Colon Adenomas

Polyps begin in the cells of glandular structures lining the colon. Most polyps are benign, but one kind is the cause of greater concern – the Colon Adenomatous Polyp (adenoma). This growth is associated with DNA changes in the lining of the colon. Up to 10% of these polyps can become cancerous within a 10 year period if undetected or ignored.

For individuals with high risk polyps, the chance of at least one of these polyps becoming cancerous is significantly increased. However, if malignant polyps are detected early, 90% of patients survive at least five years.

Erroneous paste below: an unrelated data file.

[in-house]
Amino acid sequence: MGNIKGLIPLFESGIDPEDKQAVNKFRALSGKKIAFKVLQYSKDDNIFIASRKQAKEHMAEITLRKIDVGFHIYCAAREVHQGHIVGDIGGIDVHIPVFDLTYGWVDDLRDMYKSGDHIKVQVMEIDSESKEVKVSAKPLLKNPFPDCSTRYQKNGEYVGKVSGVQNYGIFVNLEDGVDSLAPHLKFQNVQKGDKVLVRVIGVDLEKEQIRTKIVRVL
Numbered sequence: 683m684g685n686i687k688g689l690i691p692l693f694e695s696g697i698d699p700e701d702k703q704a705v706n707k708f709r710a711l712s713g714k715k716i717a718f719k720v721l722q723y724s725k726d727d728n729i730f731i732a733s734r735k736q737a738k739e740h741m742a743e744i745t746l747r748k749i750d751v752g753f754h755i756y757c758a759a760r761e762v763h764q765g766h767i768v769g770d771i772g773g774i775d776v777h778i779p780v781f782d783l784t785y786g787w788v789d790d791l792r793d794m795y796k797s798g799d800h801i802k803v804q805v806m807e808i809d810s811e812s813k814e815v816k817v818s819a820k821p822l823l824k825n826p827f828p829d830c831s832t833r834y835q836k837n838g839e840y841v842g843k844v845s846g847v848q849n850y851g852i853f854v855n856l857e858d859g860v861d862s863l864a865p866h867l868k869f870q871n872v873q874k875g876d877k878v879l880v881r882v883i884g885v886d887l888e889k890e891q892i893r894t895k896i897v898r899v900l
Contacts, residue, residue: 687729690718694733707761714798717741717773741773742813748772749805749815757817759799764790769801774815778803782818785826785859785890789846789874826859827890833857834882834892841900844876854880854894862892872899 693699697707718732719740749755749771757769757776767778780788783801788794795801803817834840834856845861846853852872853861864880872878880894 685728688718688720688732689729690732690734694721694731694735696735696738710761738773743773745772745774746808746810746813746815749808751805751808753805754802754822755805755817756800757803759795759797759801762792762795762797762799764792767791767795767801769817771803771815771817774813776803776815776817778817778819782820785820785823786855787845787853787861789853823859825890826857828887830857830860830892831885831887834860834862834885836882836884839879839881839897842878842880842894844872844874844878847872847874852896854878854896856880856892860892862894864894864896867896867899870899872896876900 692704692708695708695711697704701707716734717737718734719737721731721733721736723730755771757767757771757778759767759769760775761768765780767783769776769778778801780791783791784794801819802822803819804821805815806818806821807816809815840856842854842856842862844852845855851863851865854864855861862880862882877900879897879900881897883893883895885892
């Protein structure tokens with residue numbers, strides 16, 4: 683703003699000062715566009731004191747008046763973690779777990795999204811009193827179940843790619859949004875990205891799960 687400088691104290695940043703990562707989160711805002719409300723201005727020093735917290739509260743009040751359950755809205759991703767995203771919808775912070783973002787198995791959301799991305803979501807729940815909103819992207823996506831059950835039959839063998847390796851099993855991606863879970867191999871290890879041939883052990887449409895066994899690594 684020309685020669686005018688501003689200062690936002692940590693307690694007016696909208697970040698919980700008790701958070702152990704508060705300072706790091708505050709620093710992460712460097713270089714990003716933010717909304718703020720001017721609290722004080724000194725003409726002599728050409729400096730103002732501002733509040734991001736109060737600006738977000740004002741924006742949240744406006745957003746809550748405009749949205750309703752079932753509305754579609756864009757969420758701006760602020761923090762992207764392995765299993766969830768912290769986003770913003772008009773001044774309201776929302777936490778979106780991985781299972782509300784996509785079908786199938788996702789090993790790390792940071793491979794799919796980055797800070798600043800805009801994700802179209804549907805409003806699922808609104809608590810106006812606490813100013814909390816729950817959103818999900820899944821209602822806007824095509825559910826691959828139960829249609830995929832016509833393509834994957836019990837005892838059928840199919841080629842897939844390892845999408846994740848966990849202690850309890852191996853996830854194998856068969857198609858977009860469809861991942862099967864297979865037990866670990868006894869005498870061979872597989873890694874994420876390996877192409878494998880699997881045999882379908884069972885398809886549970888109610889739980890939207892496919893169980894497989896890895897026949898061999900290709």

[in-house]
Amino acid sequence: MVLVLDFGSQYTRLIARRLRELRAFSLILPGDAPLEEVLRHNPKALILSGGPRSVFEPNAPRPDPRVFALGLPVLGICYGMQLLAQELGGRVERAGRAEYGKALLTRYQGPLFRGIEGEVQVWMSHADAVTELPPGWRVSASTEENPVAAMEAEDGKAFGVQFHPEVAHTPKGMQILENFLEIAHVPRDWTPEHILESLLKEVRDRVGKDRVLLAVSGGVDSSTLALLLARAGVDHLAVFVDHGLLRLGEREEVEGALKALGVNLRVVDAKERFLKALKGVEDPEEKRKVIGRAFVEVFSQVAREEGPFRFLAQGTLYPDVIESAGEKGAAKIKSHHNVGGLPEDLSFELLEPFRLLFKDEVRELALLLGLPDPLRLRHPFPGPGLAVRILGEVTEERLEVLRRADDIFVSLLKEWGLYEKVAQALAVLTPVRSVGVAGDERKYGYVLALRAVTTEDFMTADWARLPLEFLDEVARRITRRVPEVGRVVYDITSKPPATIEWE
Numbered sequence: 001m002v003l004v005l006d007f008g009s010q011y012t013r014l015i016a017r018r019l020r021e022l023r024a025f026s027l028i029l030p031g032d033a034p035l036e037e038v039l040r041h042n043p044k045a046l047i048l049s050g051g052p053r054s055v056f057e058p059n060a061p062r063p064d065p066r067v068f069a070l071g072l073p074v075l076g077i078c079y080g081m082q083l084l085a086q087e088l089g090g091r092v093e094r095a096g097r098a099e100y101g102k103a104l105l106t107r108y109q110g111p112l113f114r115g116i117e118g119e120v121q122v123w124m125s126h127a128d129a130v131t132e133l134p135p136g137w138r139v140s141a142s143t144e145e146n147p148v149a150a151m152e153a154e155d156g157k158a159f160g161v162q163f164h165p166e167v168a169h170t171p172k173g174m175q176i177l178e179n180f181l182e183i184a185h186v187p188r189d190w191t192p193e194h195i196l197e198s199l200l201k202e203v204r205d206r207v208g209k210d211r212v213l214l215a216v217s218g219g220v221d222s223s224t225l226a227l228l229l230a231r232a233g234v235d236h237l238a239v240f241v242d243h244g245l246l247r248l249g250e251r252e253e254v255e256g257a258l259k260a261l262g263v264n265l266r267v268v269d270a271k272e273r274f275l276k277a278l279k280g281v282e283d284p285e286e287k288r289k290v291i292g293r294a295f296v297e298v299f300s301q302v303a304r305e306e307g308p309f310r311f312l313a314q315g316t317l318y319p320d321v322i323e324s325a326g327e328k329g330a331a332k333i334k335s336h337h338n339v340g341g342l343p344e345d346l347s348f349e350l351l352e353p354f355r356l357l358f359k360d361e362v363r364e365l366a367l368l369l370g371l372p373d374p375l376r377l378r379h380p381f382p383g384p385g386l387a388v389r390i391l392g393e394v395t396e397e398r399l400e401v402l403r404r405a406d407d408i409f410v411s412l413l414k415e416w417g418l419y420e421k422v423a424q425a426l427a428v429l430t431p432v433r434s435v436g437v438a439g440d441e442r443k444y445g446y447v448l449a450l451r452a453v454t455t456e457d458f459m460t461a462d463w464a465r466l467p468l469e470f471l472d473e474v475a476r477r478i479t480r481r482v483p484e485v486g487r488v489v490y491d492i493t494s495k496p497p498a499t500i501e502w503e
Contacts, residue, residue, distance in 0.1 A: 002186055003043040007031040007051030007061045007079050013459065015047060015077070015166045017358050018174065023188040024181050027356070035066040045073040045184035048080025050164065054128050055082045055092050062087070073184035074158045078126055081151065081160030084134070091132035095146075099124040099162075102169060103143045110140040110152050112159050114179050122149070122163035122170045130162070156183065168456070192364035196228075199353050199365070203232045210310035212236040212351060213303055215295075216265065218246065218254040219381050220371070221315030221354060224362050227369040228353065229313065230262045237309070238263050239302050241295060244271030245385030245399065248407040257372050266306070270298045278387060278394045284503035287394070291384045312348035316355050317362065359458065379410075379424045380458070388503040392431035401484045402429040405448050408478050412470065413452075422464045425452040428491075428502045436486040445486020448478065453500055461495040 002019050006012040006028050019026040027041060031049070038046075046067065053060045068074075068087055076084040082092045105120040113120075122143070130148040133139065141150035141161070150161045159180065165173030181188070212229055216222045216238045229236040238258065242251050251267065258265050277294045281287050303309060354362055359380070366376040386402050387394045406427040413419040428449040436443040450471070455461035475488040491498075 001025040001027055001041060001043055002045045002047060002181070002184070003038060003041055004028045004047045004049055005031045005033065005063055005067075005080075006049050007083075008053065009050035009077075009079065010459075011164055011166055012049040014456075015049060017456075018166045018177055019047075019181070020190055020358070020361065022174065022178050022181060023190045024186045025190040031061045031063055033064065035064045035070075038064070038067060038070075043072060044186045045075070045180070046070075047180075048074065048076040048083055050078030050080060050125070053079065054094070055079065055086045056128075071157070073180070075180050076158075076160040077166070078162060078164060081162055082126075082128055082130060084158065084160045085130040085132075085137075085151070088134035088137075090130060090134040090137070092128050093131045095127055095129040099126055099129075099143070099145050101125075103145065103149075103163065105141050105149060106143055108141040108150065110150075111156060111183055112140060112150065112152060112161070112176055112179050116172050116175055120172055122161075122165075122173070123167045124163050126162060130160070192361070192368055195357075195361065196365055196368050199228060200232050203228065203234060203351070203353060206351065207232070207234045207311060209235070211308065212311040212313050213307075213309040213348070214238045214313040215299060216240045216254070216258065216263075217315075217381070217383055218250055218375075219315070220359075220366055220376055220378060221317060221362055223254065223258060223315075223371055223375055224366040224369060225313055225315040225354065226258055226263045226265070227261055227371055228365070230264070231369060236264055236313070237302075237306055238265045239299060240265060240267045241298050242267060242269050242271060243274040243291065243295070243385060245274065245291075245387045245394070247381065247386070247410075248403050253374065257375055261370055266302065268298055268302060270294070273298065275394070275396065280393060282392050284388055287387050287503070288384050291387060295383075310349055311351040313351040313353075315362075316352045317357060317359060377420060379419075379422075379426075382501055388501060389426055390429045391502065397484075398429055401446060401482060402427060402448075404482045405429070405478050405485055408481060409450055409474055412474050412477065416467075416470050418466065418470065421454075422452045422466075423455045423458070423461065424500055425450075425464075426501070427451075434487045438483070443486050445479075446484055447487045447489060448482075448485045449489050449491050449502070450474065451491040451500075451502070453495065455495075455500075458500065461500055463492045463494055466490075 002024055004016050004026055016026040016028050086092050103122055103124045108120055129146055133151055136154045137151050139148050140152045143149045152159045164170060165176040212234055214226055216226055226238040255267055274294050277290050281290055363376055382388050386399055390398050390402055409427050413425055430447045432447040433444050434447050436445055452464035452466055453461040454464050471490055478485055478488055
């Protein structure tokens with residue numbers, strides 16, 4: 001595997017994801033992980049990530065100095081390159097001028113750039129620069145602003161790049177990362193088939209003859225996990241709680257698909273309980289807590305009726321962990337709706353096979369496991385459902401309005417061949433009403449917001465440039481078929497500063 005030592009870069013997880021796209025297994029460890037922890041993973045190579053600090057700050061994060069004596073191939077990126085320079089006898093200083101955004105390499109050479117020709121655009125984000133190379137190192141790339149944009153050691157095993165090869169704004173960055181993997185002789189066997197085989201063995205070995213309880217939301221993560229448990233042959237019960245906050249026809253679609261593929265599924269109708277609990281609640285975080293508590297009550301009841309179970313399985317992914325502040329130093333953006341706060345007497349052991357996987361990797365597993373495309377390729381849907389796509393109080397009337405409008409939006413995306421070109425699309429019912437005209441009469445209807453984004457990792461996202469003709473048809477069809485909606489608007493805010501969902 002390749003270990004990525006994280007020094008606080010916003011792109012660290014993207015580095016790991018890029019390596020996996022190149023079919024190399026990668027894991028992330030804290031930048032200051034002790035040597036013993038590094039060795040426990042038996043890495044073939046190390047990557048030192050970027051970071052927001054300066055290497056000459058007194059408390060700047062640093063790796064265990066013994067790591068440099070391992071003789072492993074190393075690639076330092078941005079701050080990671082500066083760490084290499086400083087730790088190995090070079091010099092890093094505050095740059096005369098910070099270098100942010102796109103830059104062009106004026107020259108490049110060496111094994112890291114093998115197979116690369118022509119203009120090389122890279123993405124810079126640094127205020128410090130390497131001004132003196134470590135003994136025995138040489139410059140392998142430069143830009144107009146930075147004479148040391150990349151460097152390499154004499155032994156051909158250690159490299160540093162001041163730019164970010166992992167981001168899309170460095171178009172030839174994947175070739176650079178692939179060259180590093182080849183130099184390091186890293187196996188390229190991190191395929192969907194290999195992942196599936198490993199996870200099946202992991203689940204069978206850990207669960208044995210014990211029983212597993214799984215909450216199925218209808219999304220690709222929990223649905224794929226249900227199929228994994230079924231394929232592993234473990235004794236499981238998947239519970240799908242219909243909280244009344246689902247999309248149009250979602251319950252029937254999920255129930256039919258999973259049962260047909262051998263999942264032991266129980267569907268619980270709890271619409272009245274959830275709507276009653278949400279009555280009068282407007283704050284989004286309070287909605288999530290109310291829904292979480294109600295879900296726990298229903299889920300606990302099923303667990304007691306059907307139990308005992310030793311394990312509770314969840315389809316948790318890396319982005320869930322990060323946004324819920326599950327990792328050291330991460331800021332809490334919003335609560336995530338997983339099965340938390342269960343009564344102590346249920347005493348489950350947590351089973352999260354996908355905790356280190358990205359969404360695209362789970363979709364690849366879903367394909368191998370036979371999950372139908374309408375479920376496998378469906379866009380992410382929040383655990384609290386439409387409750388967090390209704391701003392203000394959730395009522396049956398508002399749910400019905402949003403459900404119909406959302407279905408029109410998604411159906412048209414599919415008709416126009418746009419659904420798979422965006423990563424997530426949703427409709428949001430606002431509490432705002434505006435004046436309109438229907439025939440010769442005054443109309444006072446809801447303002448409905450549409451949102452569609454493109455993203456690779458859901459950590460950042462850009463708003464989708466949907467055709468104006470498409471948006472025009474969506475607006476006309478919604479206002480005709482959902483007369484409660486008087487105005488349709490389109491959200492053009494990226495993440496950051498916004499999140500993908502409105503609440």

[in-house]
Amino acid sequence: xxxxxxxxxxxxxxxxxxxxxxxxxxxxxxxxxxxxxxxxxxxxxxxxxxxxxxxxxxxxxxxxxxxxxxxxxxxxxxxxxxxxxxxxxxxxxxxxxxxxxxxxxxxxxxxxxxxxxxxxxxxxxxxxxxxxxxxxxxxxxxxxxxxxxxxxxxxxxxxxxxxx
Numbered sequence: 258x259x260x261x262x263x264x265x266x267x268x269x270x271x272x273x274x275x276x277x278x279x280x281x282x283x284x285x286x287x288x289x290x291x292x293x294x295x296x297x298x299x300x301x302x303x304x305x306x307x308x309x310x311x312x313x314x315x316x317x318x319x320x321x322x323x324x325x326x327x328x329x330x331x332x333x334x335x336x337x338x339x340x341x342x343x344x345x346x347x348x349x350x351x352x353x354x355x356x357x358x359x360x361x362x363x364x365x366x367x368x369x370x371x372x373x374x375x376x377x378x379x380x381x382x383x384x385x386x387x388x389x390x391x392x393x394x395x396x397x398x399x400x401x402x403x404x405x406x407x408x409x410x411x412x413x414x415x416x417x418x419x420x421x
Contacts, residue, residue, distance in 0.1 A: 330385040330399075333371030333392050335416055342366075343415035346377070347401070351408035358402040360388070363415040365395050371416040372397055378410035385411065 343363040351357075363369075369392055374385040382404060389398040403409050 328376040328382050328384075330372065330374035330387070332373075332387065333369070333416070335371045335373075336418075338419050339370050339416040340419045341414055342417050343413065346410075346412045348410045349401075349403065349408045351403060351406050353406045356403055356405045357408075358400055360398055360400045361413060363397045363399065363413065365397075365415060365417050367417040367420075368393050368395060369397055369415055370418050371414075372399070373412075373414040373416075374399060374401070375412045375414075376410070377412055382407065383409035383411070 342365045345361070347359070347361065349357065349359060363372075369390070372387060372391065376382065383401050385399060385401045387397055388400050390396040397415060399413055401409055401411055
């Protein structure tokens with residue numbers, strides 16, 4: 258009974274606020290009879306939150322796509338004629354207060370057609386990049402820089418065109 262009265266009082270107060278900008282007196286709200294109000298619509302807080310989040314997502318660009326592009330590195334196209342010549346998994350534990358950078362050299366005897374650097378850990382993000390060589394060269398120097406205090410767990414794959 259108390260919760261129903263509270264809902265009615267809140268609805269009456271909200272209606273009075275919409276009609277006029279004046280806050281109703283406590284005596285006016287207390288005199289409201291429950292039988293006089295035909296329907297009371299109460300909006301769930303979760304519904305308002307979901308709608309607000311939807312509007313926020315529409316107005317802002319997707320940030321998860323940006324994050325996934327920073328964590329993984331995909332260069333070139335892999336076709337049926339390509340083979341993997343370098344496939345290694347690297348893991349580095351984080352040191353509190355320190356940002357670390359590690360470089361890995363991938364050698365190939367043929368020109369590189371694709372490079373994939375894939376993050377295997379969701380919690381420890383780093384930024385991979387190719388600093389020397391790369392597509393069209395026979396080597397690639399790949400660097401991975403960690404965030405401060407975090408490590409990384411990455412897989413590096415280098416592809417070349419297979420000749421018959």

Some individuals have a genetic tendency to develop polyps. Individuals age 50 or older have a higher risk of developing Colon Adenomatous Polyps. In addition to genetic factors, these polyps are associated with a diet high in fat and beef and low in fiber. Another risk factor is a lack of exercise resulting in weight gain.

To prevent polyps from becoming cancerous, they must be removed. CPP is developing, in concert with the NCI, a Colon Adenoma Therapy (CAT) meant to prevent recurrence and occurrence of colon cancers.